DOMS is an acronym for Delayed Onset Muscle Soreness. Most of us have experienced DOMS or will at some point in our training lives. Exercise science still has a lot to learn about DOMS and what are the direct causes. Let’s take a look at what we know so far.
Delayed Onset Muscle Soreness
DOMS is the soreness you feel a day or two after you’ve performed an intense workout. If the workout bout is hard enough you may be sore for up to 2-3 days after. Studies have found relation to DOMS and eccentric muscle contraction.
One study had runners complete 2 separate workouts one 45 minute run on a level treadmill and the same duration on a 10% downhill grade. Blood lactate concentrations were thought to be a factor in muscle soreness, however, the 10% downhill grade treadmill run reported less blood lactate concentrations after the workout bout as compared to the level running workout. The level running workout did not induce DOMS, however the downhill workout did (Willmore, Costill, & Kenney, 2012).
Exercising to the point of DOMS has been shown to decrease performance which may last up to weeks or even months after the exercise bout. This has been seen in downhill sprinters. There are many insights on what can cause DOMS. For example, actual structural damage has been discovered in cases of marathon runners experiencing DOMS. Blood tests following intense bouts of running that induced DOMS lead to the discovery of specific muscle enzyme concentrations that may indicate structural damage.
This lead scientists to actually biopsy muscle tissue of DOMS sufferers which lead to the discovery of actual damage of the contractile filaments (filaments capable of producing contraction) and the z-disks that provide support to the contractile filaments .
This shows that intense exercise bouts can affect the contractility and structure of the muscle itself reducing performance by decreasing the ability to contract; thus reducing power output. Further research has shown that substances released from the injured muscle found in DOMS sufferers has led to inflammation. This is due to substances attracting to macrophages that induce more swelling and an immunoregulatory response.
DOMS cause pain, due to inflammation, which results in the soreness people feel. This effects the recovery process.
This Case Strudy was carried out by Willmore, Costill, & Kenney, 2012.
Is DOMS Bad?
The quick answer is yes DOMS can be bad. Not only do DOMS cause intense pain, but worse is the detrimental effect DOMS have on your performance. DOMS is associated with three things that disturb strength and power production.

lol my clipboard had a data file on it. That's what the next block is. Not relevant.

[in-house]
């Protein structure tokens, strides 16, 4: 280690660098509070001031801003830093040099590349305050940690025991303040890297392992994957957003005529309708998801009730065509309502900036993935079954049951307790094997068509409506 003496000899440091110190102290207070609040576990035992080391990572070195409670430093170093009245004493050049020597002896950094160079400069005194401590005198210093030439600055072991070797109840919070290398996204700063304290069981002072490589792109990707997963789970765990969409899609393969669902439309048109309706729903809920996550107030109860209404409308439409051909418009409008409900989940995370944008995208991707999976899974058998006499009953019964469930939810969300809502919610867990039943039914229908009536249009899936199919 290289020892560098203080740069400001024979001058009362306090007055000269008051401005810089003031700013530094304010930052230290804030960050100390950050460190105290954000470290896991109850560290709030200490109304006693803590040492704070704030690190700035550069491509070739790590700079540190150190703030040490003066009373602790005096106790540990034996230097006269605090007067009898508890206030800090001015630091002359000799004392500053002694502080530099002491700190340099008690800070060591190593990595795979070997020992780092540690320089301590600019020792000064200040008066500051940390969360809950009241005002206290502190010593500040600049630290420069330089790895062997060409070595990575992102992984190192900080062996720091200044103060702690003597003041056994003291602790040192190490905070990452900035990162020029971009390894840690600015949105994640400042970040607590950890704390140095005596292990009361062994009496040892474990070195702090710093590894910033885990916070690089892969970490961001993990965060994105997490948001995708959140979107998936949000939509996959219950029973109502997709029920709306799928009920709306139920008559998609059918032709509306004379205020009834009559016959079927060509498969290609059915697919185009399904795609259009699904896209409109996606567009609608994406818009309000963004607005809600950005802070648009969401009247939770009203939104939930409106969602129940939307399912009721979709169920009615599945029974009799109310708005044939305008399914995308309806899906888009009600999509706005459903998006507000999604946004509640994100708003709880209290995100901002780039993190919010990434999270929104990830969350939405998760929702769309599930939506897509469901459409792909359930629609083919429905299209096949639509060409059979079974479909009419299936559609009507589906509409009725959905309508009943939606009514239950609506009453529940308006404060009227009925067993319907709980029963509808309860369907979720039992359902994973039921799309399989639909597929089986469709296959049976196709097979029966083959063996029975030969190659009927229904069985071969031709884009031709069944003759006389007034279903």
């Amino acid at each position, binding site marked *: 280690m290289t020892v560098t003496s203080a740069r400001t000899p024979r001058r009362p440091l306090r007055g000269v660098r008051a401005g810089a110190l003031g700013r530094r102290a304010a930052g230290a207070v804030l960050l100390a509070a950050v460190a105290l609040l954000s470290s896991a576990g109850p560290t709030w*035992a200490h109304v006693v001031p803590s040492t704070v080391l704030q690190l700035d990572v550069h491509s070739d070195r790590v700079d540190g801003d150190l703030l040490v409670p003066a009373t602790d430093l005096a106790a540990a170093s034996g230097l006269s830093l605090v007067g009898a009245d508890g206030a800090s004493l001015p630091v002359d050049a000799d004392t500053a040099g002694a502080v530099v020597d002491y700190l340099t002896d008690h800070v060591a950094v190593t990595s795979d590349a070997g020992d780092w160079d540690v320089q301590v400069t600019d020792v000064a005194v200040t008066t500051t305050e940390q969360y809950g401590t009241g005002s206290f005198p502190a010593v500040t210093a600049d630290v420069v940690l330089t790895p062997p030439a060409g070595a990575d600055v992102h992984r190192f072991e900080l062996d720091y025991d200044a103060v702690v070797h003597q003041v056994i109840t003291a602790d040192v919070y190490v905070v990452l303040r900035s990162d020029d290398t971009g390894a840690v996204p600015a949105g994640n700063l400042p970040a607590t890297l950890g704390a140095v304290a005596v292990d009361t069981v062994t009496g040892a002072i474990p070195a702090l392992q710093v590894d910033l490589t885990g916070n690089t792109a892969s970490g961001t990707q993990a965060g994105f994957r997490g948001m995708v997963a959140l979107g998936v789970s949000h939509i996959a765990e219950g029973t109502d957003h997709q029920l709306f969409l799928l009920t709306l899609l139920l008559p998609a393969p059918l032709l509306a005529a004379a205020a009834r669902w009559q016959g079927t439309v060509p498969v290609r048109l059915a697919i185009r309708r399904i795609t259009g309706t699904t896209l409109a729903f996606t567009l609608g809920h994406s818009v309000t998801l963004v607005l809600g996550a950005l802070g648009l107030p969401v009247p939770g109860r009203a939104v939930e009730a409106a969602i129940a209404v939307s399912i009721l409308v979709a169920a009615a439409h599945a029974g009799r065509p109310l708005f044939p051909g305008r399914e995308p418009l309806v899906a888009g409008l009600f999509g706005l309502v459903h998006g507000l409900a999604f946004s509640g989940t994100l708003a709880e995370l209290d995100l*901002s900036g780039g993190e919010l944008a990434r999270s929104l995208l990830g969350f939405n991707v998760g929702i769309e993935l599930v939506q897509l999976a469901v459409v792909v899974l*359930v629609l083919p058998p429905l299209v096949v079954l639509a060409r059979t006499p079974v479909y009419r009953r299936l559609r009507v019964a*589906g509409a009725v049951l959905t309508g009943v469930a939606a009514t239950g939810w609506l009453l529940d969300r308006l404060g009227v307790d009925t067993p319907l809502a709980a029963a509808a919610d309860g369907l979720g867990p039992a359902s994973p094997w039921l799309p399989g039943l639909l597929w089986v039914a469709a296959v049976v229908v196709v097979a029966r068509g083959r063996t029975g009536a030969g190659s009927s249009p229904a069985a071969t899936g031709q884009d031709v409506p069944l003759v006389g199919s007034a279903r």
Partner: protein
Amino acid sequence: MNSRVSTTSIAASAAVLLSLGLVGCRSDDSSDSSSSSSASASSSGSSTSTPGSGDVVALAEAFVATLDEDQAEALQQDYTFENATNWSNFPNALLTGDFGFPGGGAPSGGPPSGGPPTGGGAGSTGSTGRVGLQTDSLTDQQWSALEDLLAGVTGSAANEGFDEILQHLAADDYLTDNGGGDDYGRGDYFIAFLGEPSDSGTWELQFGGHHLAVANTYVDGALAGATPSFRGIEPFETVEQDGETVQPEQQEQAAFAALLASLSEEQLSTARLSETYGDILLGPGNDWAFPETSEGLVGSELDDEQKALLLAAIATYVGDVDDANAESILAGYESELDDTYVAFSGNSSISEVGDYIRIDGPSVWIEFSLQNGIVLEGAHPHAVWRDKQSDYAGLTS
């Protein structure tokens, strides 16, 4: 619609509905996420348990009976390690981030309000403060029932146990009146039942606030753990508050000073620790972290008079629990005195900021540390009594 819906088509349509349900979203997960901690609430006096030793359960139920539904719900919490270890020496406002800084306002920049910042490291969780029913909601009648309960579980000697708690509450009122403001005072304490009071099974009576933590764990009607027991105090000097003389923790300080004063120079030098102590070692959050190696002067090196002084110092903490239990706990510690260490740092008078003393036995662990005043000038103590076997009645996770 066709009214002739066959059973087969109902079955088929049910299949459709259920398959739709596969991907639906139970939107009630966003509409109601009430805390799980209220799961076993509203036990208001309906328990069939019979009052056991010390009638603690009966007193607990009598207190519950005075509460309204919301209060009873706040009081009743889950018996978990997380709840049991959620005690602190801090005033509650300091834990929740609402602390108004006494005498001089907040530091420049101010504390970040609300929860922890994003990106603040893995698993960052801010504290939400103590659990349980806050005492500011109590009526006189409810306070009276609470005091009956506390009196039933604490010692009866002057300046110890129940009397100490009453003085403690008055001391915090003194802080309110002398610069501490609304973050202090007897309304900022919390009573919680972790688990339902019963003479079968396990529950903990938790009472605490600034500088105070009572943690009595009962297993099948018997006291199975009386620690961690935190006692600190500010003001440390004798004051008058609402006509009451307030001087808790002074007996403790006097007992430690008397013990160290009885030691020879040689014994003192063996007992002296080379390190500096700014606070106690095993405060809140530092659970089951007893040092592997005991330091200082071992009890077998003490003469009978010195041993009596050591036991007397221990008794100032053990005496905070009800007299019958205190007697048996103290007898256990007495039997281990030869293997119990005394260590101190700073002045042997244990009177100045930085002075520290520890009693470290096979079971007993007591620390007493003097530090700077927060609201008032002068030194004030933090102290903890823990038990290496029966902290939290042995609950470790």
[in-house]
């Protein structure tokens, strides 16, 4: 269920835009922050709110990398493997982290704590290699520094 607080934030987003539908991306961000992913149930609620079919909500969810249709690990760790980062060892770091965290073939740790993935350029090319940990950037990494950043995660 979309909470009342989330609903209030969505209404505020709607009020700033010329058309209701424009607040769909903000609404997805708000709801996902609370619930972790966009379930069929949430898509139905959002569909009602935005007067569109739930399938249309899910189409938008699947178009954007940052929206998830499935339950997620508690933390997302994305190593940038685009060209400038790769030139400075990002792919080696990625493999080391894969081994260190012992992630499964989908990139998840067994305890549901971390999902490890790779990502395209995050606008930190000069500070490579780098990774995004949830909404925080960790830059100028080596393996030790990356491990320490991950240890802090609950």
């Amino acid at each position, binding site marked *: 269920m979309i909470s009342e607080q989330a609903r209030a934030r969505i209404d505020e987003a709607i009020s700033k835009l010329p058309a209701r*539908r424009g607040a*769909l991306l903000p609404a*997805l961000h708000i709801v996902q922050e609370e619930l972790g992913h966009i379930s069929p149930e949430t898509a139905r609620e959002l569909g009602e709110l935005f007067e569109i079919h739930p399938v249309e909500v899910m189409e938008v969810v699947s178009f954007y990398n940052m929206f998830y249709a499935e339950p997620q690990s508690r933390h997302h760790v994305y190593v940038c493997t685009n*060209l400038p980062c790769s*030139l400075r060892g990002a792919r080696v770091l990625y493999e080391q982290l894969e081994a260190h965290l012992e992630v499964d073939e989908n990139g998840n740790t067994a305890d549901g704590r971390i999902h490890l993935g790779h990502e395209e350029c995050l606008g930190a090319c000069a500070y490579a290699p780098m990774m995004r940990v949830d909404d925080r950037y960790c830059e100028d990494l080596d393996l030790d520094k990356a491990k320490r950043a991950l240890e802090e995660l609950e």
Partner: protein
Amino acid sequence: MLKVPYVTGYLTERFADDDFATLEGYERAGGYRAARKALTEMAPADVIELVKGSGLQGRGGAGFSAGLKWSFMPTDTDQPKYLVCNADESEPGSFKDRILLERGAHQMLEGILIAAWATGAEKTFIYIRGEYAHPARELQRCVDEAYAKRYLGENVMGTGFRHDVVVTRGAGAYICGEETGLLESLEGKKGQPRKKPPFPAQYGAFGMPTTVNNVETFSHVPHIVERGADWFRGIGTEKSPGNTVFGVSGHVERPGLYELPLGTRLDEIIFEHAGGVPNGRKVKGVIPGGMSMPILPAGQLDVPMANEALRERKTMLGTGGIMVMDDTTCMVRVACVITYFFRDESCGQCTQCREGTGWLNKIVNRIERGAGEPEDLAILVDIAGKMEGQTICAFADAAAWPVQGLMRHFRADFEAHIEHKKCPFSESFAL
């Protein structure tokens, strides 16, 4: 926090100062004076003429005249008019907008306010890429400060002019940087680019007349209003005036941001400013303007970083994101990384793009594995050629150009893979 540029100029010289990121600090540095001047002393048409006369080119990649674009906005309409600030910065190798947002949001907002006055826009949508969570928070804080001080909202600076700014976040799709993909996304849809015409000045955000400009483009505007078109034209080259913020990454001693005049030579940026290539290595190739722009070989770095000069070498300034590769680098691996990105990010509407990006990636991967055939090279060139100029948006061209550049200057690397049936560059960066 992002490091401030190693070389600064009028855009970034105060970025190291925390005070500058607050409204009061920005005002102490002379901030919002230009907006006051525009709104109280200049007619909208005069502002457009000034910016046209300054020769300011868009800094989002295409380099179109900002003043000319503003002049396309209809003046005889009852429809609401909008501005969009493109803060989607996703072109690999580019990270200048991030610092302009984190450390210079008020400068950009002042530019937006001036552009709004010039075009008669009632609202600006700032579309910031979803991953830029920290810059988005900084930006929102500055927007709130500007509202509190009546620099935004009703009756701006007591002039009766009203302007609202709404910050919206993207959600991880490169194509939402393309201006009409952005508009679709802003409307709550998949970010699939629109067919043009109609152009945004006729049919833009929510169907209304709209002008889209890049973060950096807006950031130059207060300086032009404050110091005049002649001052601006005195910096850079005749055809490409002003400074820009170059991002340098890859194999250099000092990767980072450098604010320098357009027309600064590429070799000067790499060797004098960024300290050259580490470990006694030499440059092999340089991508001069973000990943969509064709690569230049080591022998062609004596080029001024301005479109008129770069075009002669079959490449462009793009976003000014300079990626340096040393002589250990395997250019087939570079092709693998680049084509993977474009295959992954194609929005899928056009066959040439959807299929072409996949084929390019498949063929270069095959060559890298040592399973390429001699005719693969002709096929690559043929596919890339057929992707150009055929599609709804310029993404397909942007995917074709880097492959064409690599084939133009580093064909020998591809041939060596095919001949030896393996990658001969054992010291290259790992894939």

DOMS leads to physical disruption of the muscle itself as mentioned before, which can lead to you being unable to contract your muscles effectively, which reduces your ability to produce enough force to lift weight or run.
DOMS can be bad enough to the point of decreasing your strength and power output, and this will hinder your goals if training to the point of DOMS is prolonged. The best way to reduce the risk is to properly periodize your training program and allow your body to adapt to the stimulus before overloading the system. Most issues are with overloading the body past the point that it can recover and adapt to the stress applied. If you can find the happy balance by paying attention to your body and adjust accordingly you will be fine.
DOMS & Recovery
There are a number of supplements that can help you recover and help to alleviate DOMS. Here are my top picks:
✓ Thewhey – protein is the most important nutrient for helping your body to recover, maintain muscle and grow. Each serving of Thewhey contains 25g of fast absorbing protein. Take one serving post workout for optimal results.
✓ BCAAs – branch chain amino acids are important for protein synthesis, which is important for helping to build muscle and speed up the recover process. Myprotein BCAAs come in a 2:1:1 ratuo of leucine, isoleucine and valine, which are the 3 most important amino acids for muscle growth and repair.
✓ Micellar Casein – when you sleep you go for an extended period of time without eating, and this starves your body of essential nutrients. Taking one serving of casein before bed will provide your body with 24g of slow releasing protein to help your body recover and encourage muscle growth.
Take Home Message
The most important thing is to understand that DOMS are a sign that you have overworked your body, so make sure you rest. If you can feel soreness in your chest then do not go and train chest. Wait until your chest has recovered and focus on training a different muscle group. Make sure you’re eating well and getting enough protein to help your body recover.